Northwestern sophomore running back Evan Hull smiles during a game against Minnesota in 2019. Hull broke out against Indiana State on Saturday, scoring two touchdowns and recording 126 yards. Photo by Brandi Simpson / North by Northwestern

The “tune-up” game: one of the best traditions in college football. As best described by Adam Sandler in “The Longest Yard,” it’s when a top-tier program – those playing in the top conferences in the NCAA – takes on a lower-skilled team from Division II early in the season and destroys them, allowing the top program to gain confidence in their game strategy and in the players’ skills.

While Northwestern (1-1, 0-1 B1G) may have viewed Indiana State (1-1, 1-0 MVC) as a tune-up game, the match may have created more warning signs for the team, as they quietly walked into a 24-6 win over the Sycamores. Despite winning by three scores and earning their first win of the season, the ’Cats were unable to run up the score – as many sports analysts expected them to – and found themselves with more issues to solve as they continue.

“When you look at where you're at, as a Big Ten team against an FCS team, you’ve got to be able to pound the ball,” Northwestern head coach Pat Fitzgerald said postgame. “When we targeted things right and executed, I thought we did a good job. It's the self-inflicted wounds that we’ve got to look at, and get it corrected and get better at that.”

After losing starting running back Cam Porter in preseason camp and being held to just 117 rushing yards in the season opener, the Wildcats’ offense seemed to emphasize the running game in this match with 209 yards. Sophomore back Evan Hull ran wild with 126 yards and two touchdowns, while first-year Anthony Tyus III also enjoyed a solid day, racking up 71 yards.

Unfortunately, senior quarterback Hunter Johnson seemed to take a step back in his second appearance of the season. After throwing for 283 yards and three touchdowns against Michigan State, Johnson seemed limited against the Sycamores, going 9-for-16 with just 66 yards and one touchdown. Decision-making seemed to be an issue, as he gave up two turnovers: a fumble and an interception.

To the Wildcats’ credit, they did seem unstoppable at first, opening the scoring with a 75-yard drive. With Hull taking the ball on a majority of the plays, the ’Cats stomped down the field and went up 7-0 early, following a touchdown from the man himself.

“I think just getting back to what we do fundamentally is where we needed to be better, as far as the details and just knowing our assignment,” Hull said postgame. “We just kind of lost momentum for a bit there, but we got it back, and we were able to finish strong.”

While Indiana State pushed back with a drive of their own, the ’Cats got the ball back, and Hull and Tyus once again carried the bulk of the offense, marching the ball down the field. In a break from the norm, however, Johnson finally took the ball for himself and fired a deep 25-yard touchdown to junior receiver Malik Washington – his first of the season – and the ’Cats looked to be ready to run up the score.

Sadly for the ’Cats, the offense seemed to dry up after those outbursts. They finished the first half with three punts and almost no momentum gained. On the only drive that had any traction, Johnson botched a handoff and the ball fell to the ground, ending in an Indiana State turnover. With nothing going for the ’Cats, they headed to the locker room up just 14-0.

Hoping to get some momentum going, the ’Cats entered All-American safety Brandon Joseph into a punt-returning role, and he didn’t disappoint, helping setting a new program record for punt return yards in a single game with 166.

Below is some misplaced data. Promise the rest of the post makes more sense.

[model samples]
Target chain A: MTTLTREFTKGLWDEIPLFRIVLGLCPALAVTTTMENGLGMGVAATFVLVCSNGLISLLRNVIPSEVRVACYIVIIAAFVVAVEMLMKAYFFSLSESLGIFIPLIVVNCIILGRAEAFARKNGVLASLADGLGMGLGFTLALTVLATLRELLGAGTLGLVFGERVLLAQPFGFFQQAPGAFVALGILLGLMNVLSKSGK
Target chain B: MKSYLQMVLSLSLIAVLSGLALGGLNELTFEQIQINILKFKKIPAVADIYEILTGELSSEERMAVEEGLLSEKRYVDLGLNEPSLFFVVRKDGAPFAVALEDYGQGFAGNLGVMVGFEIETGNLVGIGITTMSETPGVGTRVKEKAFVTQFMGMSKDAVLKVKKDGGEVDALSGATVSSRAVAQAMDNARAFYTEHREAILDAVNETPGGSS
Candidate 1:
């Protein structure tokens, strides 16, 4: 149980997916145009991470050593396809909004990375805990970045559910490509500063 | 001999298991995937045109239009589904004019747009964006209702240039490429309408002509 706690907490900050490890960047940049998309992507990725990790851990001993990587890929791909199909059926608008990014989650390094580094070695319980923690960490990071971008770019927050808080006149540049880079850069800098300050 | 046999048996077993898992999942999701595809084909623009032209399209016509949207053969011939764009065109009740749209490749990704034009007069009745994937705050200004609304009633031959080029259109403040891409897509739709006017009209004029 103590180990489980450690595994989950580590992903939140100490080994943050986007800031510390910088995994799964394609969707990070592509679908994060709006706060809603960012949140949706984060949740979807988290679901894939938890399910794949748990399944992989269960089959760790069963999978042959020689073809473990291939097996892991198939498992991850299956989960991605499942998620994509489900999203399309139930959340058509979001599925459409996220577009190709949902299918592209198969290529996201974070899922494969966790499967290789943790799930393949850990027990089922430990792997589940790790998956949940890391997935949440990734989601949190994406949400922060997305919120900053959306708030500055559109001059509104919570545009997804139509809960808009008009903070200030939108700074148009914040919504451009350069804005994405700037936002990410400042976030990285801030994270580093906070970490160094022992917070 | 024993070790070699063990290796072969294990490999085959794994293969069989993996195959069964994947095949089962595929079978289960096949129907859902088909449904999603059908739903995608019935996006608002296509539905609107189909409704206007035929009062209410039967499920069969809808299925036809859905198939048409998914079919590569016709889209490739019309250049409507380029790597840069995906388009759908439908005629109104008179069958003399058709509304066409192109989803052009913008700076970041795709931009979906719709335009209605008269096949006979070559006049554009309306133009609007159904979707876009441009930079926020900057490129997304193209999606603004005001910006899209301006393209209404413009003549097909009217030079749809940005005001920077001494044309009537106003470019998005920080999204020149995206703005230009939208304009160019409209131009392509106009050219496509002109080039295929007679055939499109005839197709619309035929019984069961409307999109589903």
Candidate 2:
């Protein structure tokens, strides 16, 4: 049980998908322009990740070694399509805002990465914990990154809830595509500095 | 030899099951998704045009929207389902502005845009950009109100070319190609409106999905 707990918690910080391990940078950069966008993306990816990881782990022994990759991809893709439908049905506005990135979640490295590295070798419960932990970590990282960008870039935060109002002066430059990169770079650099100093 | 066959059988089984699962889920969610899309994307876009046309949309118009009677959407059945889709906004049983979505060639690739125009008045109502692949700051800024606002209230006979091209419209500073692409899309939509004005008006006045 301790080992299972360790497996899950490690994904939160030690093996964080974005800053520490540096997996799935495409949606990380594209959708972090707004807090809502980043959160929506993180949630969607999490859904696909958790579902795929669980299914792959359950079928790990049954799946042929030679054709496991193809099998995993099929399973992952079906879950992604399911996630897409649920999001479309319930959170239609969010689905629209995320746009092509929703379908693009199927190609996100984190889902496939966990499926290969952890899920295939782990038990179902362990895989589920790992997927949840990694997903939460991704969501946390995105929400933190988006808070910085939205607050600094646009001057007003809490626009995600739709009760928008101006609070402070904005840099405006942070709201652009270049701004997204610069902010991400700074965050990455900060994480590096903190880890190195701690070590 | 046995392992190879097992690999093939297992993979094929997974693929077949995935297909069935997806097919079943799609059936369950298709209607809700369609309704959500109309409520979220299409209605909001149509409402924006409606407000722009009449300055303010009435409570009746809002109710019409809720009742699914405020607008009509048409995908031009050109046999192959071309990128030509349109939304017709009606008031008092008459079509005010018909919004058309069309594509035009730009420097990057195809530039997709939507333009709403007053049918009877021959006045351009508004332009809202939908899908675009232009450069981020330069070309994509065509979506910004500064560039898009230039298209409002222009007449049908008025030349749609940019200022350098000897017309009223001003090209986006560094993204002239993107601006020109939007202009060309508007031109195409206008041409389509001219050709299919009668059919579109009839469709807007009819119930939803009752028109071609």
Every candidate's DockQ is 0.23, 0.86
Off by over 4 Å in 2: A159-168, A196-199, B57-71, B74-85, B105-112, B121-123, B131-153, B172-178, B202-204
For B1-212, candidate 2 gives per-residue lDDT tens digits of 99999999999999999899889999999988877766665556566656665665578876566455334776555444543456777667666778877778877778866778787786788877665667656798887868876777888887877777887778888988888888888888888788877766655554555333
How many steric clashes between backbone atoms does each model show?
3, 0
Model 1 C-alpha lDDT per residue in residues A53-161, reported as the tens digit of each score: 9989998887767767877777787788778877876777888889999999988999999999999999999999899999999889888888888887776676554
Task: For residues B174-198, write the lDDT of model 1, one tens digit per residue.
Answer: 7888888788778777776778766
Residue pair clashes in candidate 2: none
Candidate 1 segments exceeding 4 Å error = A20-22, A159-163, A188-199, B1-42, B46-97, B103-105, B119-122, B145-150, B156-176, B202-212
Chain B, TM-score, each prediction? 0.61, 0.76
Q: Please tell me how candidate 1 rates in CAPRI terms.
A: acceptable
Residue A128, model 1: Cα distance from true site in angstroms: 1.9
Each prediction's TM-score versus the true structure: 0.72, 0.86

"I did it back in high school,” Joseph said postgame. "I had a few punt returns my senior year … We realized it's gonna be a new role losing Riley [Lees] last year, so someone's gonna have to step up … I was ready to get my opportunity when Bryce Kirtz went down."

Despite Joseph’s efforts, the ’Cats couldn't capitalize on the excellent field position, apart from a 47-yard field goal from Charlie Kuhbander – tied for his career long. The Wildcats’ offense continued to stall, including being stopped on downs, a punt and an interception from Johnson that had Wildcat fans scratching their heads.

“For the most part, our plan was pretty good, but our execution was not, offensively,” Fitzgerald said postgame. “We’ve got to correct those things and get those fixed, especially after explosive punt returns. To come away with only three points was disappointing, and it changed the complexion of the game, so we've got to look at some of those things.”

The defense showed no quit however, with graduate linebacker Chris Bergin leading the team in tackles with eight and junior defensive lineman Adetomiwa Adebawore recording 1.5 sacks in the winning effort. The squad refused to give up yardage until the ’Cats were safely leading 24-0 – having acquired another score on an Evan Hull-buoyed drive – and the team held on in the final moments, cruising to a 24-6 win.

“I just think from a communication standpoint, execution and a little bit better tackling, I thought that was a byproduct of what we did today, but we still have a long way to go,” Fitzgerald said. “We have a lot of coaching to do. This is a young squad that just needs to start, continue to grow up … each experience, get smarter and wiser and more experienced. We just got to accelerate some of that.”

Simply put, the game seemed to be a case of “two steps forward, one step back.” While the running game seemed to wake up and get some serious reps in, and the defense held their own against a confusing Indiana State offensive scheme, Johnson’s miscues in the pocket are hard to gloss over. The ’Cats will likely make that their point of work this week, as they prepare for another interconference matchup against Duke (1-1, 0-0 ACC) this Saturday.

Perhaps by then the team will be fully in tune.